In the story of the man born blind, the man healed of his blindness gradually grows to see as Christ sees. He regains his sight right at the start of the story. But only because of the interrogation he receives from his neighbors and the Pharisees and his struggle to respond to them faithfully, does he little by little begin to see the identity of who it was who healed him. By the end of the story, the one who healed him was no longer to him just “the man called Jesus” (John 9:11) or simply “a prophet” (John 9:17) or “from God” (John 9:33). He was “Lord” (John 9:38) in whom he believed. For the elect this progression may be familiar. At the start of their catechumenate, their eyes are signed “that [they] may see the glory of God” (Rite of Acceptance, RCIA 56). Through their catechesis over the years and their experience with the community of believers they grow in understanding of what they see—who the man Jesus was, the prophetic words he spoke, his unique relationship with the Father, and finally his true identity as Lord.
Lastly, in the story of the raising of Lazarus, we come to the final days before the elect must stand before the font and profess their faith. In this reading, the miracle happens at the end of the story, but faith is already expressed long before the miracle takes place. Martha makes her profession of faith in Jesus the Messiah even as her brother is lying dead in the tomb. She needed no words and no miraculous deeds to believe in him; she only needed to believe. Period.
In this final story, we see what those who have been entrusted to continue Jesus' work have hopefully been doing in order to prepare the elect to make their profession of faith. They have been preparing them, like Jesus prepared Martha and Mary, to understand the paschal mystery they would witness in the resurrection—that out of death comes new life in Christ. Only after Lazarus is revived and Jesus is raised from the dead will Martha truly understand the words of faith she professed. It is her belief in and love for Jesus that allow her to be ready for whatever he will do despite her human logic that death is death, for “Martha believes not in what she understands but in the one who has the words of eternal life” (Sandra Schneiders, Written That You May Believe, Crossroad Publishing Company, p. 158).
When the three scrutiny readings are examined in this way, we begin to understand what the RCIA means when it says that Lent “is intended as well to enlighten the minds and hearts of the elect with a deeper knowledge of Christ the Savior” (139). The Gospels assigned to the scrutinies are there to ask the elect:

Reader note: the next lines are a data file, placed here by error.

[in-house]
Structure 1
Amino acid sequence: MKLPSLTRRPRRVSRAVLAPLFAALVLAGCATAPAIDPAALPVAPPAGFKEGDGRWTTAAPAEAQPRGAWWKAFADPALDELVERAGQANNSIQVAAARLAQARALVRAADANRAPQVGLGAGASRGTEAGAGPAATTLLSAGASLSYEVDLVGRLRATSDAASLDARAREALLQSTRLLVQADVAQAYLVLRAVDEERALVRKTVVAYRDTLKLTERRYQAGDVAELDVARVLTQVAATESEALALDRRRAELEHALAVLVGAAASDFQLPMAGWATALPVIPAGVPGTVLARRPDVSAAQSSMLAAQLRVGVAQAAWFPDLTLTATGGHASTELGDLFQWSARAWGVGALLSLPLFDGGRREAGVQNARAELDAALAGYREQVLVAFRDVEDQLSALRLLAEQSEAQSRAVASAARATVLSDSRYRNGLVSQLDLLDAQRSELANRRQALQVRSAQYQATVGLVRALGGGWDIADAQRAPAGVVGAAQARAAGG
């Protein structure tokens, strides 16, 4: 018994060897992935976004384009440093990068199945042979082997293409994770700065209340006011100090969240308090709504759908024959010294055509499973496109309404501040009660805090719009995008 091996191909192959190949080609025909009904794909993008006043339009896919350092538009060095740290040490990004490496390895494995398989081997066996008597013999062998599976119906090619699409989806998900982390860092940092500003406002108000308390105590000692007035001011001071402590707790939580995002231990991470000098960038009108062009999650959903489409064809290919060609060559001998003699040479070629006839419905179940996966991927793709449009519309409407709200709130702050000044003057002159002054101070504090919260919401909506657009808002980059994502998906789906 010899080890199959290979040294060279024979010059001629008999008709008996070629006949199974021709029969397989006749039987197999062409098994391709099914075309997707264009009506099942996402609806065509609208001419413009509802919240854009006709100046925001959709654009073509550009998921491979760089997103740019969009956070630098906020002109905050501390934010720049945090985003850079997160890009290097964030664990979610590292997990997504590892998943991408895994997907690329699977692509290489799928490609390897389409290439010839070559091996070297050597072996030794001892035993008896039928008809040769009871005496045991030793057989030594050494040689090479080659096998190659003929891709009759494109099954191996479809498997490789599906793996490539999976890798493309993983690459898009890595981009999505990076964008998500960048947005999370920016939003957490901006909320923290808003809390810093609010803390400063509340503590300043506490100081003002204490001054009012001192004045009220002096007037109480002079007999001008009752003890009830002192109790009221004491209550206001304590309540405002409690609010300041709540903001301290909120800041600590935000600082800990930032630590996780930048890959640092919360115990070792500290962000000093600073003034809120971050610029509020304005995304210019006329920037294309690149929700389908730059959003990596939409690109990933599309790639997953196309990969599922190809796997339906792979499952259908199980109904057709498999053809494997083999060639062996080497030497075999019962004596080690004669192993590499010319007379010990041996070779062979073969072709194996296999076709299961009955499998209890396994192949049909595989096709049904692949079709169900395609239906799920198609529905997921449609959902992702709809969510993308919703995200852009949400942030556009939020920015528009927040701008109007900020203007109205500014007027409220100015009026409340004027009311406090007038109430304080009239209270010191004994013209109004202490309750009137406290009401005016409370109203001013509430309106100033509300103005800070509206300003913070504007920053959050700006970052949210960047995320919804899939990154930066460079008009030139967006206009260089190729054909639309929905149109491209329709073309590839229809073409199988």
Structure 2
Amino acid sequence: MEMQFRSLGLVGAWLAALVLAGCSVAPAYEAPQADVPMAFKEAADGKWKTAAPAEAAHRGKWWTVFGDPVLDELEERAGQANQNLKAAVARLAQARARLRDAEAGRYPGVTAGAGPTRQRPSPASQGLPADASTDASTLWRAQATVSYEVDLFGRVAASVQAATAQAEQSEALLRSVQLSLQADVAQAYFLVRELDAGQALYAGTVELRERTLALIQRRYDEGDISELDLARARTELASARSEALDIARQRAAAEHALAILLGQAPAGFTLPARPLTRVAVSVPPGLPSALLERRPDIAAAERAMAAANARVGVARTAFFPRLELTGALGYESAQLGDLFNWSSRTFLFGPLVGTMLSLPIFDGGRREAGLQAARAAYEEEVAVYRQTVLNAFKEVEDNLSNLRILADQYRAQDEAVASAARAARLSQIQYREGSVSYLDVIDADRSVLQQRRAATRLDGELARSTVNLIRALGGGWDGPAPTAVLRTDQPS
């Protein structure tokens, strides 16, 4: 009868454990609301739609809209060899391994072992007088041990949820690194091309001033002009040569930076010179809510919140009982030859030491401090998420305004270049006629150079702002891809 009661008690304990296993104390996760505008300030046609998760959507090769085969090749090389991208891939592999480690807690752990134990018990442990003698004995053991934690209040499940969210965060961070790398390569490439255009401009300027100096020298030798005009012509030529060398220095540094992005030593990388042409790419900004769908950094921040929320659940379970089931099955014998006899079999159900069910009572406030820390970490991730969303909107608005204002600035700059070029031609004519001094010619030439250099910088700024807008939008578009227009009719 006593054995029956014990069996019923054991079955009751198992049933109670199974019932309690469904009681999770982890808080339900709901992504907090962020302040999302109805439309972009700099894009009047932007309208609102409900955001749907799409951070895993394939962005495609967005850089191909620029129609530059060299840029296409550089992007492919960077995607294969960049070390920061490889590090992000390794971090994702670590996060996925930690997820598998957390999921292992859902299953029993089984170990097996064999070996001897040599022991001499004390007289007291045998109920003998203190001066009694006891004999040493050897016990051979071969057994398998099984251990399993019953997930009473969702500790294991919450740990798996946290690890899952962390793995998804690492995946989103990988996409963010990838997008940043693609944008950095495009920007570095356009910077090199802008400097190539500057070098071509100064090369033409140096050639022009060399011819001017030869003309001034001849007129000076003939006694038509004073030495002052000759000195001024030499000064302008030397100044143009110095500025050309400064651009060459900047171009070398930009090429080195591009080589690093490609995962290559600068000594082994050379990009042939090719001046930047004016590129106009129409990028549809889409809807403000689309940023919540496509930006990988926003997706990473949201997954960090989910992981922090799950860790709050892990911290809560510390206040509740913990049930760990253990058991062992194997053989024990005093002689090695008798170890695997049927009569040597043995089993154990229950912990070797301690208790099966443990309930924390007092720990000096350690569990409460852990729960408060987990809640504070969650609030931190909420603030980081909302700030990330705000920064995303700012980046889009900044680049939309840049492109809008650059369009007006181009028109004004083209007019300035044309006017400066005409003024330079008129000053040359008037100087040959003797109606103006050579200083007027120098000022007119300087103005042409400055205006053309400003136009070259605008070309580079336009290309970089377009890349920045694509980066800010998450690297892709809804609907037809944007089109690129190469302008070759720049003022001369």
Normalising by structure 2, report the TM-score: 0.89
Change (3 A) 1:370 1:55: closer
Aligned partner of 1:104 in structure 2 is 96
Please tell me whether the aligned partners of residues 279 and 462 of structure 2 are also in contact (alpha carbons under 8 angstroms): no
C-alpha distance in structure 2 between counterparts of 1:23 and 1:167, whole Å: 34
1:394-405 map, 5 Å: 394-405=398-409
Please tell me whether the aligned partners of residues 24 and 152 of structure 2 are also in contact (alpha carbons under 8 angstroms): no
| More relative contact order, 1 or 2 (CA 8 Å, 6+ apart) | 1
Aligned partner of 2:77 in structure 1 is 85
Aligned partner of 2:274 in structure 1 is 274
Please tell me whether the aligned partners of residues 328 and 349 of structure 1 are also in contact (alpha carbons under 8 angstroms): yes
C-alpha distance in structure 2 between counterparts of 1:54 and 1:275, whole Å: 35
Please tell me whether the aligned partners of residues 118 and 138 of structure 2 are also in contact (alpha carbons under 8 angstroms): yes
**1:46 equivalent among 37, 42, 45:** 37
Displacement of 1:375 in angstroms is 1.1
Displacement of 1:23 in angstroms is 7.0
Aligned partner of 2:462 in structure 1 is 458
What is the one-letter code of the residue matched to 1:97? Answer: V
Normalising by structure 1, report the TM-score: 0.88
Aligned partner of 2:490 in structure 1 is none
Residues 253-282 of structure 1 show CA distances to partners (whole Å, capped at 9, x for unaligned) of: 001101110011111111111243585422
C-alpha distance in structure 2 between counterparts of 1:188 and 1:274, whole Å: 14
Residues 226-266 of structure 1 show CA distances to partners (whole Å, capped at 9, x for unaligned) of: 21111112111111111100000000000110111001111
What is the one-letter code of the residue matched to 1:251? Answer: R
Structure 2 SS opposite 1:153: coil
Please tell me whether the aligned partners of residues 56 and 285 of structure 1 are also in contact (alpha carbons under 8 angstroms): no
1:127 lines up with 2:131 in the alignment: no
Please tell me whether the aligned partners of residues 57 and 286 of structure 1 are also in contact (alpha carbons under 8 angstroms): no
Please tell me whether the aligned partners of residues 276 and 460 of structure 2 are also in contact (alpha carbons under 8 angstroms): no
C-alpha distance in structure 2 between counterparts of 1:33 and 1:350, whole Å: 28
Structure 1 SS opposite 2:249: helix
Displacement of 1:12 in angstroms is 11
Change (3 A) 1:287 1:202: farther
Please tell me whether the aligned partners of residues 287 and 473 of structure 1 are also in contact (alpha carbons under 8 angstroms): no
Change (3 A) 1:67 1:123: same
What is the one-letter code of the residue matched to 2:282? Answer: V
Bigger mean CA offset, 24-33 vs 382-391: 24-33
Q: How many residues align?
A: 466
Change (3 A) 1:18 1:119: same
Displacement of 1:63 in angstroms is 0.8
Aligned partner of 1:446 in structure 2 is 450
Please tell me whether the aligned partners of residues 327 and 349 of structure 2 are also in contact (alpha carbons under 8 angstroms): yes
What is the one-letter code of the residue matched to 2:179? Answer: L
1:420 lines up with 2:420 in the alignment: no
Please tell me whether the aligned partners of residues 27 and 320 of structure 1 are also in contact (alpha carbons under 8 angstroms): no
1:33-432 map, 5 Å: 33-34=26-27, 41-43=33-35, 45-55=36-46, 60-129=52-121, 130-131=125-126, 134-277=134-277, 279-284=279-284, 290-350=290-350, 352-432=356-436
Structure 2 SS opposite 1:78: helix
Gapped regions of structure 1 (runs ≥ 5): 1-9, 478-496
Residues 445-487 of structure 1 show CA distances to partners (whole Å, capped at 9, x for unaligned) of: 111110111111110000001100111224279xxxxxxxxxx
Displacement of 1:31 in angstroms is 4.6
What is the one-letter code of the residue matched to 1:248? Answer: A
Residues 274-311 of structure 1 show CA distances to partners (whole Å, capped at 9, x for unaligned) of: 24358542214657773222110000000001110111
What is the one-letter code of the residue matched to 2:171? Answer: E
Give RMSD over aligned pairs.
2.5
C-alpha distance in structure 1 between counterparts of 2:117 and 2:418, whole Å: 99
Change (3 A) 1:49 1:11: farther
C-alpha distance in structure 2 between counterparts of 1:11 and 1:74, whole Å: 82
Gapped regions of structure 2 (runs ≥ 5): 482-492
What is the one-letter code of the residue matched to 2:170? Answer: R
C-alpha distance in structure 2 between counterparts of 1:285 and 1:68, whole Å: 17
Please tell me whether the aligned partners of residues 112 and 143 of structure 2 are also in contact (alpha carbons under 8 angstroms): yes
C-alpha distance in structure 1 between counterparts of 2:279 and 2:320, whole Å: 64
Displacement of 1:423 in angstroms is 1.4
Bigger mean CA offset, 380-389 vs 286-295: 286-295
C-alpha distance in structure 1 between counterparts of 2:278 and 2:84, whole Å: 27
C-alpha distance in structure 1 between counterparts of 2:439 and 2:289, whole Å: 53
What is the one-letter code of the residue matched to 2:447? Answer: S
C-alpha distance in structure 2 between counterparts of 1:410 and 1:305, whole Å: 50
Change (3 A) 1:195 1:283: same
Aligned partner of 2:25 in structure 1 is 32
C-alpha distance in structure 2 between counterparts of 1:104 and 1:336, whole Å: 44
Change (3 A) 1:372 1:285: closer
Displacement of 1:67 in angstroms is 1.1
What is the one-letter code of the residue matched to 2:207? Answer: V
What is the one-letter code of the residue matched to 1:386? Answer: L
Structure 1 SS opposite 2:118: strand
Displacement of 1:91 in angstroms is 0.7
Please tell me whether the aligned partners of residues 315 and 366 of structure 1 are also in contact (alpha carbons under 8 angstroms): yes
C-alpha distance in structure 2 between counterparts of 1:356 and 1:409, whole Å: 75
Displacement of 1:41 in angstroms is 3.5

- Could he possibly be the Messiah?
- Do you believe in the Son of Man?
- Do you believe this?
The things that keep the elect from saying “yes!” are the things that must be scrutinized and exorcized, for in a few short weeks, they must respond “yes, I believe” as they stand at the edge of death at the font. The place where the elect learn to answer “yes!” is in the parish community. The assignment and order of the scrutiny Gospels from John reflect the community's progressive and communal catechesis for the elect in order that they may hear and believe (Samaritan woman), see and believe (man born blind), and finally believe without proof (Martha and Lazarus).
Why B and C don't work
Though well-intentioned and creative, when we create new scrutiny texts to match the readings from Year B or C, we have severed ourselves and our elect from the rich history and wisdom of the Church who over the centuries have understood the unique power of the three Johannine Gospel readings. Some will argue that the Year B readings are particularly apt for those preparing for baptism because each Sunday reading includes reference to some symbol from the baptismal rite: water in Noah and the flood; white garments in the Transfiguration; resurrection of the destroyed temple; Jesus teaching Nicodemus about the light; and death of the grain of wheat. Although this may be true, these readings cannot compare to the dramatic power of the three assigned Scrutiny readings. Furthermore, as RCIA 143 noted, Lent is a time for the elect to gradually learn about sin; the period after their baptism is the time for them to reflect on the baptismal symbols and their experience of initiation through mystagogical catechesis.
When we worry that the faithful are missing out on the readings of Year B or C on the Sundays of the scrutinies, we are forgetting that the faithful’s role in these rites is to pray fervently for the elect. All their focus should be upon the elect for it is in them that God is working most clearly. It is in the elect that the Word of Christ is evangelizing whole communities; it is in them that the world is beginning to see Christ present on earth; it is in them that we will witness new life spring forth from death. These elect will be elect only once in their lives. This will be the only time they will ever hear these three Gospel readings from John as elect, surrounded by the prayers of the community and overshadowed by the power of the Spirit. We, the baptized, have a responsibility to them at these critical moments of their lenten preparation to use the best our Church tradition has to offer. The best will be the assigned Year A readings.
Perhaps as preparation for taking on our assigned role in these Scrutiny Rites, we, the already-baptized, might read the assigned readings for Year B or Year C during the weeks leading up to the Scrutiny Rites, that these readings might open our ears, eyes, and hearts to hear the Year A readings anew with strengthened faith in Christ already at work in the elect.